And, like writing, winemaking takes time and trial and error to get good at. Like I said, I haven’t tried the wine yet. I tried both the plum wine and the pumpkin wine before secondary fermentation, but at that stage the wine is tart and full of yeast and other matter floating around. It was alcoholic, yes, but was it good alcohol? No. Just like a first draft is technically a completed story, but it’s not something you want to immediately release into the world! I mean, all those errors and plot holes you might miss before giving out the story!

But getting back to the wine, I have no idea how either batch will taste once I open them up. They may be completed, but will they be any good? It might take years of trying and failing before I make a good batch of wine. And that’s kind of like writing, too. You can write a story and go over it many times, but you have to keep writing until you’re any good at it.

But maybe that’s why I enjoy making wine. I mean, yeah, I love wine, especially sweet wine, but I also like the process of it. I like taking my hands and using them to create something that people can enjoy with me. I like that it takes hard work, precision, trial and error, and your love of something to create it and bring it together. And I like the many possibilities it presents.

It’s like writing to me. Only I don’t intend to sell this stuff: that requires a license, and I’m not going to jump through hoops for that!

Also, I’m going to need a wine rack and more empty bottles before I make any more wine. Otherwise, I’m going to run out of space for it all in my condo!

Anyway, I just wanted to share my thoughts on wine-making and writing with you guys. I’m going to do a little late night writing and then hit the hay. Good night, pleasant nightmares, and fifteen days and thirty-four minutes to Halloween. Anyone else vomiting spiders in excitement?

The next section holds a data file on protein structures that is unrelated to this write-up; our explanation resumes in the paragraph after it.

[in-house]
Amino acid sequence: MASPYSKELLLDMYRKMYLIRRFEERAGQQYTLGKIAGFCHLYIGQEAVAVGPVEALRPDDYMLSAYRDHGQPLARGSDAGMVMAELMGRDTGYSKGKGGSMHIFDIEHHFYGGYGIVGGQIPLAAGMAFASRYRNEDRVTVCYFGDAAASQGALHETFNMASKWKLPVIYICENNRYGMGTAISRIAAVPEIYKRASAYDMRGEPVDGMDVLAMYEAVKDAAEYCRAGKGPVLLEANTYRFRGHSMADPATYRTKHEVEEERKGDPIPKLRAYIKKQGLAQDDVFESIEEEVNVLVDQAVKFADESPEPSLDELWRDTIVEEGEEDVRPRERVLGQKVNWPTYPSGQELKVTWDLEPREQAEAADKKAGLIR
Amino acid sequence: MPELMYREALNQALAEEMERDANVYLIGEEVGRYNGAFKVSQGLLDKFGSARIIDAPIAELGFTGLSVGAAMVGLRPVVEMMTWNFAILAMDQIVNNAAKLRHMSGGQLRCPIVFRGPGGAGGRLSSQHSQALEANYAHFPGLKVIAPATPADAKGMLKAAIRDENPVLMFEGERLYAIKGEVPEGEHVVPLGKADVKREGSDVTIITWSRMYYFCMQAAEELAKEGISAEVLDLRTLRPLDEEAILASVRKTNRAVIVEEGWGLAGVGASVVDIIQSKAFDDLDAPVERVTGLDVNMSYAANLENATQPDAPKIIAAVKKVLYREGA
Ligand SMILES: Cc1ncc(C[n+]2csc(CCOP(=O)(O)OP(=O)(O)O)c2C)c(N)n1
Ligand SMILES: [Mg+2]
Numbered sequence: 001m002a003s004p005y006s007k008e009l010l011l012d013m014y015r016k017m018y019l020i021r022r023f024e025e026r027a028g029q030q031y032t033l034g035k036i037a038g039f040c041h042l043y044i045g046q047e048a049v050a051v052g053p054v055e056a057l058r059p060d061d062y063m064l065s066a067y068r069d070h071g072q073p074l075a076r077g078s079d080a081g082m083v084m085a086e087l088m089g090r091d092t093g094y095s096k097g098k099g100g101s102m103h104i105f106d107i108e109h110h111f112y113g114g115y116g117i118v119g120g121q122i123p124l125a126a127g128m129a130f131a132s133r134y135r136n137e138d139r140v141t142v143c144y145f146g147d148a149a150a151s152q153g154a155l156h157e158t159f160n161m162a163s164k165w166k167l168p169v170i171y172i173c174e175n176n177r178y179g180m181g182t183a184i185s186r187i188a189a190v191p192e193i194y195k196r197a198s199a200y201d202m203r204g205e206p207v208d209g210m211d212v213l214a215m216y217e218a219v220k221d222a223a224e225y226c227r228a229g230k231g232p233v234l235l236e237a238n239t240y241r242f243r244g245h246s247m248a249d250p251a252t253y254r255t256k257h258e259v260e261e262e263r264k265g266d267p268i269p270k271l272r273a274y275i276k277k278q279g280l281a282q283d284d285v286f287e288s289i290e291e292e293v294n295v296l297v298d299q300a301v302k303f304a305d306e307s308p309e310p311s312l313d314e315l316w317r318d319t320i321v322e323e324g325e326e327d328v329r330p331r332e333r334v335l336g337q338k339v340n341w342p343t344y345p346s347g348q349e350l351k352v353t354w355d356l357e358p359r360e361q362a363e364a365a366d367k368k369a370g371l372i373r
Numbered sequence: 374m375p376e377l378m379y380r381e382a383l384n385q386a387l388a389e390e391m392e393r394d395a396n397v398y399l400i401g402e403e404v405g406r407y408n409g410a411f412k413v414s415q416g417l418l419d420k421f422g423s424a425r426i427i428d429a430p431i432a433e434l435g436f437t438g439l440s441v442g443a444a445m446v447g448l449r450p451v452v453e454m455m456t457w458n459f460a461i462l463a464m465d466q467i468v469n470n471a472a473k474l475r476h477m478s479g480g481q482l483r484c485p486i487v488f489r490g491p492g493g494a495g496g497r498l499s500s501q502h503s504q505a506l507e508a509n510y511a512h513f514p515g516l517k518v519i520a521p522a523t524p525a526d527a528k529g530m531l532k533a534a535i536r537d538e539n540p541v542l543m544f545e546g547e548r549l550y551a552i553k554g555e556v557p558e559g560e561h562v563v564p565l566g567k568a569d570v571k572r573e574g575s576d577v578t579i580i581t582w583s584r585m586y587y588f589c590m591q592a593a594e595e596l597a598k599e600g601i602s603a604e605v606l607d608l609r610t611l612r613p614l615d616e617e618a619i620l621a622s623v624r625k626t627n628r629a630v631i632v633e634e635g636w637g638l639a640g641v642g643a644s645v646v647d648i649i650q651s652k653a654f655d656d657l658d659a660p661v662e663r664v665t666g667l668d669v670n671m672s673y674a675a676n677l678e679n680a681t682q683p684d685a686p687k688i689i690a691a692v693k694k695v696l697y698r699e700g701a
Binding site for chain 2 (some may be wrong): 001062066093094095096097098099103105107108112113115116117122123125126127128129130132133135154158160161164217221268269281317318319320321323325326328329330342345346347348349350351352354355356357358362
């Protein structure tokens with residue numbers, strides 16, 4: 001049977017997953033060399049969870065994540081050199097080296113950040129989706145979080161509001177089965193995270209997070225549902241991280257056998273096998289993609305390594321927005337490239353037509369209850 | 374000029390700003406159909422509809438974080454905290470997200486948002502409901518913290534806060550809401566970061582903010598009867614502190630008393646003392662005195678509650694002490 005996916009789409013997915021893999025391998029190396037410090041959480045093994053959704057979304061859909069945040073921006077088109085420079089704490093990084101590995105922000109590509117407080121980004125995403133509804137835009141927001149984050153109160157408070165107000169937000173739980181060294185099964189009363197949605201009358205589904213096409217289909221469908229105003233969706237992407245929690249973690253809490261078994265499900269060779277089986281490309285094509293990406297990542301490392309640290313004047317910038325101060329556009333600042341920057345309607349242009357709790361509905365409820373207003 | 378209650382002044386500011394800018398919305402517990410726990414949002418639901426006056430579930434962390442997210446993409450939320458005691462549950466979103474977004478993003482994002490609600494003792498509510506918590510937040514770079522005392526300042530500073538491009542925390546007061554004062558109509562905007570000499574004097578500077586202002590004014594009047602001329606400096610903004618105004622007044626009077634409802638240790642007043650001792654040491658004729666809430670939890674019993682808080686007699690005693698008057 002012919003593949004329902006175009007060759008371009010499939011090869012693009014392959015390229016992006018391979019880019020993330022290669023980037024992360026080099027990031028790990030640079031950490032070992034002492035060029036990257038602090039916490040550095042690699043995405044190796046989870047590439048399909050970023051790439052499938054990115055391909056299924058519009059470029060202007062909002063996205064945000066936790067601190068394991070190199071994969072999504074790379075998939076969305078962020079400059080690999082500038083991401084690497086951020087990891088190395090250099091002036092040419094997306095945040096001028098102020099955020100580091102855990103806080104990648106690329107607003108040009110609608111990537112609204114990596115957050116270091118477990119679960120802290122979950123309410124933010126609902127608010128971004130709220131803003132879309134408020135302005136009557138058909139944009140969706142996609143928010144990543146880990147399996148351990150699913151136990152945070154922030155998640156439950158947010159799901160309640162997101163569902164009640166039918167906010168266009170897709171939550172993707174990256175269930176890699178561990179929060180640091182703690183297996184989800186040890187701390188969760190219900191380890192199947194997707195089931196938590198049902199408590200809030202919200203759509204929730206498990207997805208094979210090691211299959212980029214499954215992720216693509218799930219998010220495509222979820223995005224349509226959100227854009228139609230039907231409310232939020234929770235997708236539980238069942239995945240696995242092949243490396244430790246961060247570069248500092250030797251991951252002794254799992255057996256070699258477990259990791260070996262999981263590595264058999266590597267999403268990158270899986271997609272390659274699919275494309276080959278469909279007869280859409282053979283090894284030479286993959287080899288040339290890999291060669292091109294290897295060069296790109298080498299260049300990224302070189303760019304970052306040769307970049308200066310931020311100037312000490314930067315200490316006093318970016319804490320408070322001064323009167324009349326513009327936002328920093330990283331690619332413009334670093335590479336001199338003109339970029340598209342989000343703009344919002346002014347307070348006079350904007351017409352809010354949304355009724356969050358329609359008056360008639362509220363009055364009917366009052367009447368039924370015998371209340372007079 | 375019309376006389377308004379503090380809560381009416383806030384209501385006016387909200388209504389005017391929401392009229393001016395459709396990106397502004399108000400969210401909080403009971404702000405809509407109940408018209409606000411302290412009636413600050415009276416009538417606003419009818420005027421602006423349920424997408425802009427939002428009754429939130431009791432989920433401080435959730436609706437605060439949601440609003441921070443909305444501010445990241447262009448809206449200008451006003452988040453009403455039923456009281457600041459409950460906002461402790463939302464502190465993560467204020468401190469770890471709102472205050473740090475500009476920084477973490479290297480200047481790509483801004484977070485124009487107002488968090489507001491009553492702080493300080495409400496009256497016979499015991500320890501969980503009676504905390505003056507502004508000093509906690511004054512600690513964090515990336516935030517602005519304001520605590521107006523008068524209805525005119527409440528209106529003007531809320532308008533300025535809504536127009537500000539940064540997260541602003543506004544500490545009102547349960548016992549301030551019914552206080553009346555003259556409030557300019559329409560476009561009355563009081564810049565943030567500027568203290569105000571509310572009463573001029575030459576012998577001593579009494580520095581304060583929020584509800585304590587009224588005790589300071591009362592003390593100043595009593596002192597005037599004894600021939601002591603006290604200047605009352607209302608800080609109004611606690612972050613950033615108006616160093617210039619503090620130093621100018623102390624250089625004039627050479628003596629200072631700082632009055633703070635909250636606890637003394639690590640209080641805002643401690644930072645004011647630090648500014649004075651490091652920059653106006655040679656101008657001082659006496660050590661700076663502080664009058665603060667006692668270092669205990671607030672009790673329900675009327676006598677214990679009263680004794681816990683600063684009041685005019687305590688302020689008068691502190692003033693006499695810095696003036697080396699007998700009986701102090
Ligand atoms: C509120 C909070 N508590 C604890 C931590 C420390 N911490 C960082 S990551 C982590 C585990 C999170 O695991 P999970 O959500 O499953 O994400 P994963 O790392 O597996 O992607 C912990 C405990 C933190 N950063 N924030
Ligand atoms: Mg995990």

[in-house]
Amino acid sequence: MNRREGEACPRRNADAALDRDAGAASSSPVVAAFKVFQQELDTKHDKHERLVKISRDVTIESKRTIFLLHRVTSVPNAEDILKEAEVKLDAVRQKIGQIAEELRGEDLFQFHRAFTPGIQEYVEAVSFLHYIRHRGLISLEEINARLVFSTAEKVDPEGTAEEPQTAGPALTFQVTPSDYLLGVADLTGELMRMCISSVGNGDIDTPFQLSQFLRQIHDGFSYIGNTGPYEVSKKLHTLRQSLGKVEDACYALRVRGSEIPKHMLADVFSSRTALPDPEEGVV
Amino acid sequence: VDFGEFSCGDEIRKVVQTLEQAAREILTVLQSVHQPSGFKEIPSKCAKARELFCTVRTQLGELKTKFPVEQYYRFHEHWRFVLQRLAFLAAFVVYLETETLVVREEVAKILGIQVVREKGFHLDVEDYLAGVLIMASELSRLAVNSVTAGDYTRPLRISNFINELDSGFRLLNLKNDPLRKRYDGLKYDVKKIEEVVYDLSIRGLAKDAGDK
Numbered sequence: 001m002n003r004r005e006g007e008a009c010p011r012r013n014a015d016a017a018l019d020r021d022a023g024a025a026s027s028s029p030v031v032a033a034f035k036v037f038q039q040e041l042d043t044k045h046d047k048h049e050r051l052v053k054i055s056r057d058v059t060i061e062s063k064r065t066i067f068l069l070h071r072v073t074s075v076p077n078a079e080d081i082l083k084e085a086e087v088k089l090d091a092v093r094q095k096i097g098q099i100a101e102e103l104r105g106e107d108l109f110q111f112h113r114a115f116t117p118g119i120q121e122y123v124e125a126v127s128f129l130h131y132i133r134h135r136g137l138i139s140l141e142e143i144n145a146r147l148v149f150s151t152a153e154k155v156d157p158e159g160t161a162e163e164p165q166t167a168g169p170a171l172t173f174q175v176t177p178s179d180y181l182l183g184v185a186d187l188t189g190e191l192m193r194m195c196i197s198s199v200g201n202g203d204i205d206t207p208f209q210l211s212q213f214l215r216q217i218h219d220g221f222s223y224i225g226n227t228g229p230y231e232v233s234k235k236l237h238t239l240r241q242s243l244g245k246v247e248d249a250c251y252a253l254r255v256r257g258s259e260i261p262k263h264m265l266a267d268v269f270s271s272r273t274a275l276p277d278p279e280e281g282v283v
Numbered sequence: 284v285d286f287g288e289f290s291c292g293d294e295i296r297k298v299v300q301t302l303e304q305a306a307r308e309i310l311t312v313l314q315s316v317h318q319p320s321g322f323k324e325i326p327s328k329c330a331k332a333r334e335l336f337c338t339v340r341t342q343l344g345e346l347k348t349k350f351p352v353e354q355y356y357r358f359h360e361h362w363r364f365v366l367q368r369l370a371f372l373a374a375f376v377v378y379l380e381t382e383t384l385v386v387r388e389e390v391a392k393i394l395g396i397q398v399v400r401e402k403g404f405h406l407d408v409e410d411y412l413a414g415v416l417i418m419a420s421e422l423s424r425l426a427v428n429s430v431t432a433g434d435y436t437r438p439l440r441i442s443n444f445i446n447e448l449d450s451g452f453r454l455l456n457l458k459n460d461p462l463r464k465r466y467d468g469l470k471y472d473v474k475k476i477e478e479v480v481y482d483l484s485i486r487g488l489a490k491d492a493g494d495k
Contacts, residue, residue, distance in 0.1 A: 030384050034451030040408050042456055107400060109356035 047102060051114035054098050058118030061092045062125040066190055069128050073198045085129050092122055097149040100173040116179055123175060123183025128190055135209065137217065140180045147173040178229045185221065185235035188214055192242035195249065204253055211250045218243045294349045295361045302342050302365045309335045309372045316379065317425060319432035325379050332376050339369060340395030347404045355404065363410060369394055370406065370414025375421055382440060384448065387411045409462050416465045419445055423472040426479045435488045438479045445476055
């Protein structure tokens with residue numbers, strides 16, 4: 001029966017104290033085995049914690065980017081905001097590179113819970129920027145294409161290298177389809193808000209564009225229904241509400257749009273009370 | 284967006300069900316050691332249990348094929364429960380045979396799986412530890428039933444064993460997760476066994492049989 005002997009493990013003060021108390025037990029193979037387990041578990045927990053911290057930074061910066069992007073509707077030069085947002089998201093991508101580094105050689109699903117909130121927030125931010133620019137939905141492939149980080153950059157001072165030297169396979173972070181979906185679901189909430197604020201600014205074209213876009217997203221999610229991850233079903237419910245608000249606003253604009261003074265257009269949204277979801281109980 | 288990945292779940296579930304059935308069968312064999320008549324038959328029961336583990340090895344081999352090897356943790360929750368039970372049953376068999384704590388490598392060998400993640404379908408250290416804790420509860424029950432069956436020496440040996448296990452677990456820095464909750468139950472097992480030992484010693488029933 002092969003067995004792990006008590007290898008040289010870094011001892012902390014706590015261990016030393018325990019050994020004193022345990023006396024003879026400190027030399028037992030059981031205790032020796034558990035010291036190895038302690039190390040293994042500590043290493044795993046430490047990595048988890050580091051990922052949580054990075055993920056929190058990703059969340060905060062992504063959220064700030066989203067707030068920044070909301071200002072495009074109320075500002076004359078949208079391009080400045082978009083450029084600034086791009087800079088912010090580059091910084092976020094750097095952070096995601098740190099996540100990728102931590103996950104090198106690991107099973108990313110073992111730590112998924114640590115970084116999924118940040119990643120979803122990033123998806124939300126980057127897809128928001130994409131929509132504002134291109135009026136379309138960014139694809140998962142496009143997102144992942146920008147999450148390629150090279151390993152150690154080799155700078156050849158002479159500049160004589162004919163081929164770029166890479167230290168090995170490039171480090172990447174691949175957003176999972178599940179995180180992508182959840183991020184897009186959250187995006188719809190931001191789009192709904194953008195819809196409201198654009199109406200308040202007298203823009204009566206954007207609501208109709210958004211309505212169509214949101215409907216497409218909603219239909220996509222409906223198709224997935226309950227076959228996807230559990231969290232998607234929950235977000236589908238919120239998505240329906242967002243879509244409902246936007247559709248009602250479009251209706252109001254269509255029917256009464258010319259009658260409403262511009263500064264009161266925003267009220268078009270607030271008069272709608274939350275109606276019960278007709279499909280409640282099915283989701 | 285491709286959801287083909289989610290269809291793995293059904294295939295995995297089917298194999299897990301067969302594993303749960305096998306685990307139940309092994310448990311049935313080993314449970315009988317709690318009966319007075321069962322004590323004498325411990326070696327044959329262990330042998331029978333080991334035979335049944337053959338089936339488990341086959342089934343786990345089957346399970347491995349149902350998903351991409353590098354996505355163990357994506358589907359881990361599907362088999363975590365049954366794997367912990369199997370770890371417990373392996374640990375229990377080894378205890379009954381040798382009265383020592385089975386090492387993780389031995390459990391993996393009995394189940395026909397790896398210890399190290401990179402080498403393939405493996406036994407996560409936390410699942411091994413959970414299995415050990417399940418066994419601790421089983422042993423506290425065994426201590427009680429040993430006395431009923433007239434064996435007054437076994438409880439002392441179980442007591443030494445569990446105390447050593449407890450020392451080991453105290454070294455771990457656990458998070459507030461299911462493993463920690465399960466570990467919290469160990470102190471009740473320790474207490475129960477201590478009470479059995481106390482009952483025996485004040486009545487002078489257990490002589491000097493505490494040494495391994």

You know the drill: I released something, so I have to do a post about it the day of, one week after, two weeks after, one month after, two months after, three months after, six months after, one year after, and then every year on the release anniversary. Hopefully you don’t find that too annoying.

So, as you know, last week the press I’m part of, Cracked Skull Press, released That Which Cannot Be Undone, an anthology of horror stories written by Ohio horror authors, set in Ohio, and revolving around the theme “that which cannot be undone.” This includes my spooky ghost story “Is Anyone There?,” which takes place at the Ohio State Reformatory and is inspired by something that happened to me at the prison a few years ago.

(I also had a short story, “Disillusionment and Trauma Sometimes Go Hand-in-Hand,” published in Volume 14 of the Ink Stains Anthology series on the same day, and you can get a copy for that here. However, since I had a bigger hand in the creation and release of TWCBU, this post focuses on that.)

As you know, getting this anthology created started over a year ago with just a dream and some talk among my fellow Ohio writers and friends. And a year, a Kickstarter campaign, and a whole lot of work later, the book is out, and we at Cracked Skull Press are focused on making sure that the book’s release isn’t the last you hear of it. Rather, we’re focusing on making sure that this dream goes on, and leads to all sorts of wonderful things. That TWCBU becomes an anthology all horror fans want on their bookshelves!

And from the looks of it, we’re making good progress on doing just that. It’s only been a week, but at the time I’m writing this, TWCBU has amassed four reviews on Amazon and five on Goodreads for an average score of 4.7 out of 5 and 4.40 out of 5, respectively. Here are what people are saying:

What a great idea for a horror anthology. These eighteen stories, all set in Ohio, weave different aspects of the state into their terrifying narratives. From the cities of Cleveland and Columbus, to an old prison, a drowned town, an abandoned winery, and many other natural and notable locations, these stories place Ohio front and centre on the map of horror landscapes.

Iseult Murphy, author of All of Me, Goodreads

When I was in 5th grade I discovered horror fiction, and I’ve been a fan ever since (almost 40 years), and I’ve always had an affliction for short story horror fiction collections. Especially the kind that makes a 12 year old think its better to ‘hold it’ than make a break for the bathroom in the middle of the night – the risk of putting a foot on the floor at 3am is too great.

This is a (creepy) collection of short stories, all with ties to Ohio where I now reside, although many references will be well known outside the area.

Its any easy read, as most short story collections are, with a variety of writing styles, so each story feels fresh. Some creepier than others, but all entertaining by their own merit. As the days are getting shorter and the weather colder, this makes for a perfect bed time snack before turning out the light (be sure use the restroom first).

Wallflower9193, Amazon